Monday, May 18, 2015

Explain and simple

People love calling me tweleb (Twitter celeb) although i don’t see why. It’s neatly OK but still, if you sit down to analyze all the cogs in place, you’ll learn how hype operates so effectively on social media. There are so many embarrassing instances of ignorance that tweleb would start sounding like an insult (if it ain’t already) to you.
To begin with, numbers define our position, right? How much do you earn? How many years of experience? How long is your penis? How long can you fuck? How long before you retire in Shimoga? How many hairs left on your pate? How many followers do you have? Apparently, having more than 20K+ followers (when human population recently crossed 7.2 billion) is a big deal. A lame tweet getting 15 RTswhich happens to be my average—is supposed to be celebratory. A heavily-posed DP receiving 200+ likes on Facebook makes you revel while a dipped-in-fancy-filters images garnering 50 hearts is supposed to be a sign of fame.
We don’t even know what popularity is.
Tip of iceberg, huh? Big deal?
It’s not.
What truly seems to be happening is we as individuals have lowered our expectations to such a level that we crave validation from absolute strangers. Who are these people? Will you ever be able to connect with them? Is there any scope for building a relationship that lasts longer than a trend on Twitter? And speaking of validation, what if every single person who comes across your tweets agrees with you? What next? What will you do? Consider yourself a celebrity just because your thoughts (read: jokes) are being celebrated?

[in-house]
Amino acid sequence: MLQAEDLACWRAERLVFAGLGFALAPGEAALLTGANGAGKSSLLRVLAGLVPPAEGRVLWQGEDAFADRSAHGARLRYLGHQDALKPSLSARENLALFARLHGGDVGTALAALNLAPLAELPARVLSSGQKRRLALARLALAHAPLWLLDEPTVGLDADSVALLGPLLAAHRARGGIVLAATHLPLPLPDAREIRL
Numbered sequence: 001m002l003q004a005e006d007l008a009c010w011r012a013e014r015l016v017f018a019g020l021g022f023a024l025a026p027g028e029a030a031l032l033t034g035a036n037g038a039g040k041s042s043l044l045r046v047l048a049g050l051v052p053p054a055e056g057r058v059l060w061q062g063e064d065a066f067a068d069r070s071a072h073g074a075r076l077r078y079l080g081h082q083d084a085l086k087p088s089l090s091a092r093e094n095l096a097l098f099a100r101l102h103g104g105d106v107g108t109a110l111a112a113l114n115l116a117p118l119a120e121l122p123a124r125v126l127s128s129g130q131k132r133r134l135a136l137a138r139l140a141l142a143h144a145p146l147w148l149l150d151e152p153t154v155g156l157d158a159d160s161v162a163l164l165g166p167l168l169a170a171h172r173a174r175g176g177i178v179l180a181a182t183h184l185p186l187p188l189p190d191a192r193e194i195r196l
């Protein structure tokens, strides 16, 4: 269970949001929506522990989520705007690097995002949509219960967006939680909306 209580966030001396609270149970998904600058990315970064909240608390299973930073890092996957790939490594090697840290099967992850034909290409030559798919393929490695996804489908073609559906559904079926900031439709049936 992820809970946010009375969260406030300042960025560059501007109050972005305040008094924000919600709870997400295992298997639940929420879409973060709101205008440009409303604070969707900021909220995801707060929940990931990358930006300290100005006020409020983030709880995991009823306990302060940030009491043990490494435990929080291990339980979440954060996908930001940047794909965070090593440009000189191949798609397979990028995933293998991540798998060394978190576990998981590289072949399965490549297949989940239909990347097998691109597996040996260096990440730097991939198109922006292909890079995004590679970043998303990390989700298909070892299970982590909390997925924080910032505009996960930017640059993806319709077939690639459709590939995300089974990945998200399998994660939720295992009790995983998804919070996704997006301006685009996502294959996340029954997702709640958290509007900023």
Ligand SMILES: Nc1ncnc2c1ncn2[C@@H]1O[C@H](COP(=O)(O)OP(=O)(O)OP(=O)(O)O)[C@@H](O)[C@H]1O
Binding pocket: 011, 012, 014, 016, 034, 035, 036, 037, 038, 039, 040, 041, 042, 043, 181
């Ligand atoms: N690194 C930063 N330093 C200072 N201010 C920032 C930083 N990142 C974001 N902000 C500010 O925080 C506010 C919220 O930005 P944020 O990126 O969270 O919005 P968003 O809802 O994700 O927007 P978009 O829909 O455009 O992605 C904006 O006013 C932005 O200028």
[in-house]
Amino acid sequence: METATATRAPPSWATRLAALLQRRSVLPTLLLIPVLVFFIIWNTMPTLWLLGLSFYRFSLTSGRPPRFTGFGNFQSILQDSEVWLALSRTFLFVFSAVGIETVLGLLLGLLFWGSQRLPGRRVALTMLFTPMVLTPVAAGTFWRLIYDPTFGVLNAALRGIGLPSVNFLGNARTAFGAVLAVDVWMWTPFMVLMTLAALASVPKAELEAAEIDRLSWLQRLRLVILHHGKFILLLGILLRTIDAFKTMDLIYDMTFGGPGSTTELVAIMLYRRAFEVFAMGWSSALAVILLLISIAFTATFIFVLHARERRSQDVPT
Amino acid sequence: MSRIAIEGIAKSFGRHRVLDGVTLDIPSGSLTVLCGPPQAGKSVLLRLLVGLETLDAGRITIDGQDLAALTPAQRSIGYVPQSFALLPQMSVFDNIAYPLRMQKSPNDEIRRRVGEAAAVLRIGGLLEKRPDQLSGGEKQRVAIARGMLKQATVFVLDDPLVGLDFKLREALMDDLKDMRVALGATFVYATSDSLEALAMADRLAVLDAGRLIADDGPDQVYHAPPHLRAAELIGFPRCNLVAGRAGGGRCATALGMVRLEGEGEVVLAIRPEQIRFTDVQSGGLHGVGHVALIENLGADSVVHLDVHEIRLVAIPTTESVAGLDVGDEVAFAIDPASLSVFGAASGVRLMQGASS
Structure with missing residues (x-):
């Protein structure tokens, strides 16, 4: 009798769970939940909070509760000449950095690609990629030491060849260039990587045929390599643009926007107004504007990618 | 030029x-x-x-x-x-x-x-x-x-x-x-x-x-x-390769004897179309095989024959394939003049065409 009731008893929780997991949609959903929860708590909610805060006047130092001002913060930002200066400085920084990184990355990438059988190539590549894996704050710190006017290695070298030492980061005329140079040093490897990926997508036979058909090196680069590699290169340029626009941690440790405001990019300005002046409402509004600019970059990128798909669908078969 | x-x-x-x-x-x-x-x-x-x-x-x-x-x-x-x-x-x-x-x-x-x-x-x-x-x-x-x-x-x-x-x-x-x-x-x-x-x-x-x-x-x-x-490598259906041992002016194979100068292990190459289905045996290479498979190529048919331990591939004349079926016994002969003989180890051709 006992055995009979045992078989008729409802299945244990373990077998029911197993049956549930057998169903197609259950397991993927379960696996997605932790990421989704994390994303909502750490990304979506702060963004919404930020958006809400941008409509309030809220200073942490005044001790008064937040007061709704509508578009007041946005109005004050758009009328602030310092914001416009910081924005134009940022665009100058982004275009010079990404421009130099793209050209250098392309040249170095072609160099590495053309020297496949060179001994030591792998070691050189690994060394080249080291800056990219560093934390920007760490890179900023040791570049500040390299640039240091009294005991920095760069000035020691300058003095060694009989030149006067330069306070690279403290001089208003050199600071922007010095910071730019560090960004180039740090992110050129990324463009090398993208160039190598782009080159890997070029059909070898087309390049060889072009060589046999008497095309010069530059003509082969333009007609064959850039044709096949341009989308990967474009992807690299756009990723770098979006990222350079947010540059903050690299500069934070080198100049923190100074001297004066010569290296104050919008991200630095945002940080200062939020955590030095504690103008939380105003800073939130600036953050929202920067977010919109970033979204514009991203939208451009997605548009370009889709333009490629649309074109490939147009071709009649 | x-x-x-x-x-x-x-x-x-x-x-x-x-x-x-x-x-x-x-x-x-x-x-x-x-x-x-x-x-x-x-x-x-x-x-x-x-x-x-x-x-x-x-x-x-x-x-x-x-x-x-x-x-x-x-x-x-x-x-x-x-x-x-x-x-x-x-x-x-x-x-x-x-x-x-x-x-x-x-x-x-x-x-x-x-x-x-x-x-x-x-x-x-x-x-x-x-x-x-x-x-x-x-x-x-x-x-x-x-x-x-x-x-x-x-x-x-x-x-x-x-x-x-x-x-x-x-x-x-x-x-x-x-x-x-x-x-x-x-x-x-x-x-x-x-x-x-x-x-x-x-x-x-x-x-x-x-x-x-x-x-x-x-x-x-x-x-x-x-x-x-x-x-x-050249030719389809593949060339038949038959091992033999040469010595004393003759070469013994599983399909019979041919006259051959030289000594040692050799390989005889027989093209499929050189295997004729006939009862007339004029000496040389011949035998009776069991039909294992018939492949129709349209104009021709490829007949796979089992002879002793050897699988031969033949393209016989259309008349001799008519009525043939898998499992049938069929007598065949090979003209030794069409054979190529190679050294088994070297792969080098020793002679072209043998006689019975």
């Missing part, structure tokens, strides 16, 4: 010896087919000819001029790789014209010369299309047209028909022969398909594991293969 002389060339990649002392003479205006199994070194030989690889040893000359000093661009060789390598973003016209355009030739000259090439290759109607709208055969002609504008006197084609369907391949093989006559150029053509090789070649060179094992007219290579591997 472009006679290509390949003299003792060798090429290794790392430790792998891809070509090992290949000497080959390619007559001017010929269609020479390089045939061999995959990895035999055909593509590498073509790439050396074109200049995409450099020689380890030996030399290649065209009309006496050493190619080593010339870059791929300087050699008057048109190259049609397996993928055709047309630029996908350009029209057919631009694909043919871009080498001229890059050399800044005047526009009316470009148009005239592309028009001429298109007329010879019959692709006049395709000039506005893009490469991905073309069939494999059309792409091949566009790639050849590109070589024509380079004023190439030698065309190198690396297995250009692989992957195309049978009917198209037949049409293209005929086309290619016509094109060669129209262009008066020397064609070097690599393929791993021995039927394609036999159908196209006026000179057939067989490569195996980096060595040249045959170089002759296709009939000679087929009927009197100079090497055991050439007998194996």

I don’t think that’d be appropriate.
An advisable move would be to just keep doing what you like doing without worrying who’s noticing and who isn’t. That should suffice. I’m saying this not because i’ve worked towards creating a space for myself where i don’t stand accountable for what i share online. I write and i disappear. End of discussion. But at the same time, i appreciate the time the aforementioned ‘absolute strangers’ took to pay attention. But engaging them in an exhibitive and trivial conversation would be stretching it too far.
Sounds fair? No.
I also acknowledge that people have a short attention span. They might applaud you or troll you mercilessly for one goof-up of a one-liner but they are not permanent. And neither are you. Both your admirers as well as your detractors will forget you if you don’t log in for 2 weeks.
Trust me on this.
It has happened to a lot, especially those who thought that the timeline would scroll in the opposite direction if they deactivate their account.
Were these handles twelebs? Some of them, yes.
Did that change anything? Nope.

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